Wednesday, January 11, 2006

Great Wagnerian Soprano, Birgit Nilsson, Died Today


By Elaine Meinel Supkis

I have seen or heard Birgit sing all my youth. I loved her voice. She died today and I want to remember her, the shining star in my own heaven, divine singer, great woman, her light still shines!

From the New York Times:
Birgit Nilsson, the Swedish soprano with a voice of impeccable trueness and impregnable stamina, has died in the village of Vastra Karup, where she was born. She was 87.
When I was a child, my mother and father, both big opera lovers, would listen to any of the opera broadcasts on the radio, we had shortwave radio at the various observatories, too, so we could get European broadcasts, too.

When I was born, my father wanted to call me "Brunhilda" but my mother nixed it. She thought I would have to fight too much in school because of that name. Well, I still had to fight a lot in school and I really would have loved to have the name of a war goddess! Suitable.

My father let me look at the Arthur Rackham "Ring Cycle" books which had amazing illustrations. The storm/war horses in the opera, naturally, appealed to me since most representations of the Lightning Horse with wings showed a tame beast, not the red, wild-eyed, stern equine I had met earlier.

When the London Symphony and Solti began to record the Ring cycle, my father asked me if I wanted one for Christmas when "Das Ringold" came out when I was 11 years old, I said, yes. I devoured it. Each year that a new opera came out, my father bought it for me, it ws terrifically expensive back then. Each one was three, four, six records thick.

When I got "Die Valkyrie" I got to know Birgit's amazing voice. She was invisible but I could vividly see her in my mind as she sang.

By the time I was 16, I had the full opera and her magnificent "Gotterdammerung" is still a towering achievement, an operatic Everest few women dare try to scale! I then moved to Germany and plotted my operatic adventures there, in between running riot in the streets, of course.

She sang Isolde that summer and I took the train to Stuttgart to hear her sing in the beautiful opera house there. Since she is so popular, I could only get tickets to the highest balcony, I was right up next to the paintings of the constellations on the high ceiling, right under Pegasus's sharp gaze, settled in with a large bunch of yellow roses which I purchased on the way in, crossing the park outside. I looked straight down on her in Act II, the famous love scene. She could look straight up to see a young woman hanging over the balcony, drinking it all in.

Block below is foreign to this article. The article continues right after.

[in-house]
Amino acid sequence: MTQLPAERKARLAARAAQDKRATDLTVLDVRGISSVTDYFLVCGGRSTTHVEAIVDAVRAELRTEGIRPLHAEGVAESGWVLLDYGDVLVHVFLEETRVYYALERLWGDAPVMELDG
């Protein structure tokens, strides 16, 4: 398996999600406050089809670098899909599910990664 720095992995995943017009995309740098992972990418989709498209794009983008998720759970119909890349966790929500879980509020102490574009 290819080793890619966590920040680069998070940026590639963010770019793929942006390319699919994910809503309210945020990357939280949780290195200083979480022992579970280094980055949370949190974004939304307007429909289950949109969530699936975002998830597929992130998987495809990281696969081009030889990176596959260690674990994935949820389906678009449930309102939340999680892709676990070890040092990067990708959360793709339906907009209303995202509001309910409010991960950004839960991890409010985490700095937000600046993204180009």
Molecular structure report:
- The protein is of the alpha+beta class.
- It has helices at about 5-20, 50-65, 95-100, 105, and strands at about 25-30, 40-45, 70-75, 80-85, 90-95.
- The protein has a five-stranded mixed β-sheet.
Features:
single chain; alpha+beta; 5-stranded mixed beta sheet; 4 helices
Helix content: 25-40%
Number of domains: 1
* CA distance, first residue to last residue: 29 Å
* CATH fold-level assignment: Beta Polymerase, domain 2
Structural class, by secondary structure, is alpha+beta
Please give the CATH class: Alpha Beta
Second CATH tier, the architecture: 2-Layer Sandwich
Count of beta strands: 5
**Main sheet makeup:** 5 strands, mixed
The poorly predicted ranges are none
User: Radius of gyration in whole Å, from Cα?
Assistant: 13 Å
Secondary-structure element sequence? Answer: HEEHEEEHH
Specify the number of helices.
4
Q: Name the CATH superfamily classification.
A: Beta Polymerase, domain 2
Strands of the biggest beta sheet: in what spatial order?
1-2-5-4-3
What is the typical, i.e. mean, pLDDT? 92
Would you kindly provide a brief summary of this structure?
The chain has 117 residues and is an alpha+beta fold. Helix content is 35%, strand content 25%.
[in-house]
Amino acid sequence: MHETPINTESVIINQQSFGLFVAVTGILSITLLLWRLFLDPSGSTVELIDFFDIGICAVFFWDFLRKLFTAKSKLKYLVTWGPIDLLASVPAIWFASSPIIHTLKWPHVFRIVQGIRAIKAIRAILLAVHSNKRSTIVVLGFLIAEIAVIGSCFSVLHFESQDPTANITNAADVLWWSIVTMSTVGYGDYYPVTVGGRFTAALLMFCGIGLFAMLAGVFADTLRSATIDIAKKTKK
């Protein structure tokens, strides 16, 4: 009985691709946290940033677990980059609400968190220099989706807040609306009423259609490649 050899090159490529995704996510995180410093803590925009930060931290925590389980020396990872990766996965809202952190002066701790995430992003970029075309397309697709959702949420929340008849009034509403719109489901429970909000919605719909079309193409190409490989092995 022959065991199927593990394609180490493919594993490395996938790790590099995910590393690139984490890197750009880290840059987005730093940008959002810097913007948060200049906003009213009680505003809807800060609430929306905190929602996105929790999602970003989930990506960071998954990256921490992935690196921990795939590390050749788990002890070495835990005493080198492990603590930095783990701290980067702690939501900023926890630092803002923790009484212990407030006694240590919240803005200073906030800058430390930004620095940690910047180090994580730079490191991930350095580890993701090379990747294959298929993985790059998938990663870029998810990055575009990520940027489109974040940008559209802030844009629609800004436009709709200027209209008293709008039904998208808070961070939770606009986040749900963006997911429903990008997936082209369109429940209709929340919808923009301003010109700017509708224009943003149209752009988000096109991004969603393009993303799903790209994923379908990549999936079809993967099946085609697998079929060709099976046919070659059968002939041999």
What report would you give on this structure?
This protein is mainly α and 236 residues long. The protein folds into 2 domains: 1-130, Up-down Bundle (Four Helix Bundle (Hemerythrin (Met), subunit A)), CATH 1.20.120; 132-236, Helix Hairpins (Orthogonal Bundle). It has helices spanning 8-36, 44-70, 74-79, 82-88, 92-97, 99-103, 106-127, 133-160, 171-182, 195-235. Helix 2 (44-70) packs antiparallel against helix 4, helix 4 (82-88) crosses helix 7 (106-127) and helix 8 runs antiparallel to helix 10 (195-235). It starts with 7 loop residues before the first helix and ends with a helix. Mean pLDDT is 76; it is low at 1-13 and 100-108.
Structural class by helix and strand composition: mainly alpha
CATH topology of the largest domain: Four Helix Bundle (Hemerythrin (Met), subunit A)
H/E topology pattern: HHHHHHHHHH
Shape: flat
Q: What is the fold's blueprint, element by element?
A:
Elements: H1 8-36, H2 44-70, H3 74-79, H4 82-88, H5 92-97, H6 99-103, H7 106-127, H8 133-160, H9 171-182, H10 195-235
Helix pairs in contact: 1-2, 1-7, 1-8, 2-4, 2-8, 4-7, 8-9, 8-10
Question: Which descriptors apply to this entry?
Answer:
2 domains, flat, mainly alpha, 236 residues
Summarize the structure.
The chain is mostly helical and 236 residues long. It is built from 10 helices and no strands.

For when the opera ended, she came out for the obvious applause and I was ready and armed. I took one rose and flung it towards her. She picked it up, looked at me and smiled. I kept applauding, she kept coming out, I threw one rose after another. It was two dozen. My hands began to hurt but I kept it up, the audience was leaving. She was laughing and kept coming out.

I threw one after another and if I missed, the first chair violin would pass it to her, laughing. She yelled, "Bist du fertig?" and I yelled, "Nimmer!" and threw a rose at her. So she invited me to shake her hand and I was in tears of joy. "Sie sind der Sterne meine Leben," I said. "Danke, danke," she smiled back.

She signed my program and I went home, walking on clouds. She was so human, so regal yet earthy, a woman of great heart and vast soul, I will miss her.
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